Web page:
The Roanoke Times:
[P]oorer families without cars living in parts of Roanoke's northwest and southeast ... struggle daily to find sustenance in places called food deserts. Nearly 30 percent of Roanoke residents live in neighborhoods that share two distinctions: Most of the residents are of low income, and the nearest supermarket is more than a mile away.Pardon me while I wring out my hankie.
As Matt Chittum reported in last Sunday's edition: "When you get to the supermarket just once a month, it changes how you shop, and therefore how you eat -- and usually not to the benefit of your health."
So the poor in wallet become poor in diet, and in turn, poor in health. Which should concern you, if not for compassionate reasons then for the financial burden to society. The cycle can break.
It's unrealistic to expect supermarkets to flock to underserved areas. But there are ways to bring people more frequently to existing markets, whether through targeted weekly runs by Valley Metro, churches organizing regular shopping excursion vans or even superstores hosting cost-cutting runs.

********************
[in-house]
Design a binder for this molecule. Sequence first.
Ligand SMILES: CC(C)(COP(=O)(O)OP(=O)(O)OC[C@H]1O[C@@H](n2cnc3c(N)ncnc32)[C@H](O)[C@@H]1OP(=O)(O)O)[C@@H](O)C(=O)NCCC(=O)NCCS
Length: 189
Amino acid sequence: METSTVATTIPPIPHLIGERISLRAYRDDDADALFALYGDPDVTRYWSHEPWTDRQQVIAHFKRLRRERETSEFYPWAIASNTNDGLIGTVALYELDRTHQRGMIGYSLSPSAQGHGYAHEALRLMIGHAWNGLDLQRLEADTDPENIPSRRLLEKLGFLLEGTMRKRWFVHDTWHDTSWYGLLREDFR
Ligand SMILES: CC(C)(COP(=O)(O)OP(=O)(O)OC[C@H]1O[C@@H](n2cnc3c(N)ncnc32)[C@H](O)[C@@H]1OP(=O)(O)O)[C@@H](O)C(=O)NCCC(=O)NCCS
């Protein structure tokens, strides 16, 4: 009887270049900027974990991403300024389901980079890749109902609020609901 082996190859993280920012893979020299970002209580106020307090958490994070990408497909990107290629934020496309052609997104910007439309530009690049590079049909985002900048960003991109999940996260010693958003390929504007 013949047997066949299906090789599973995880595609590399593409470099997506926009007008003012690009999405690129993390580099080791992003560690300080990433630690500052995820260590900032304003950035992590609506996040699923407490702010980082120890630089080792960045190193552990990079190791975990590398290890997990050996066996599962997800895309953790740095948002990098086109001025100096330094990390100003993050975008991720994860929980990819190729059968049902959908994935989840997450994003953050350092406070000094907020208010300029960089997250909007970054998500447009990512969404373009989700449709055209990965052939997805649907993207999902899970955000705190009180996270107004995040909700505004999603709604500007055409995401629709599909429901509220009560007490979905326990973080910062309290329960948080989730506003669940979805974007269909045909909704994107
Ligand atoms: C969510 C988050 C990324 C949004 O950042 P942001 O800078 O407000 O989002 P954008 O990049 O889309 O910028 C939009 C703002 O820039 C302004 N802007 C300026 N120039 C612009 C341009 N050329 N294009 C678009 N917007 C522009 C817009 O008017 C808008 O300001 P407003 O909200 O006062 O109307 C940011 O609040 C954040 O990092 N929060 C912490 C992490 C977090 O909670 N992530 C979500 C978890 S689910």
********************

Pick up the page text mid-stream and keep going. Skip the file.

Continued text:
Community leaders and neighborhood advocates, if they give this some attention, can find ways to make the end of the month no different than the first. [link]
I have a better idea. Instead of writing about the heartache, why not open up a freaking supermarket in those poor and depressed areas of Roanoke? No? Why not?
I think we all know why not.
Those areas are not inviting when it comes to business. (How those words must cut to the quick.) You think, if there were an opportunity for Wal-Mart to make a buck, it wouldn't have a super center in all parts of Roanoke? Think maybe they don't like poor people? (Ever been to the Wal-Mart in Kimball, West Virginia?) Think maybe they don't like black people? (Ever been to the Wal-Mart in Evergreen Park, IL?) (Don't forget who it is that fights to keep the world's most prolific retailer out of black neighborhoods in Chicago, New York City, and Washington D.C. It ain't white folk.)
Consider: Large parts of Roanoke can be considered "food deserts." But those same sections of town are car dealership deserts, Best Buy deserts, and, for all practical purposes, appliances, electronics, furniture, sporting goods, and soft goods deserts too. For a reason.
Make no mistake. Wal-Mart's grocery does a booming business nationwide. Including in areas where Americans are the poorest. But not in parts of Roanoke.
Why is that, do you suppose?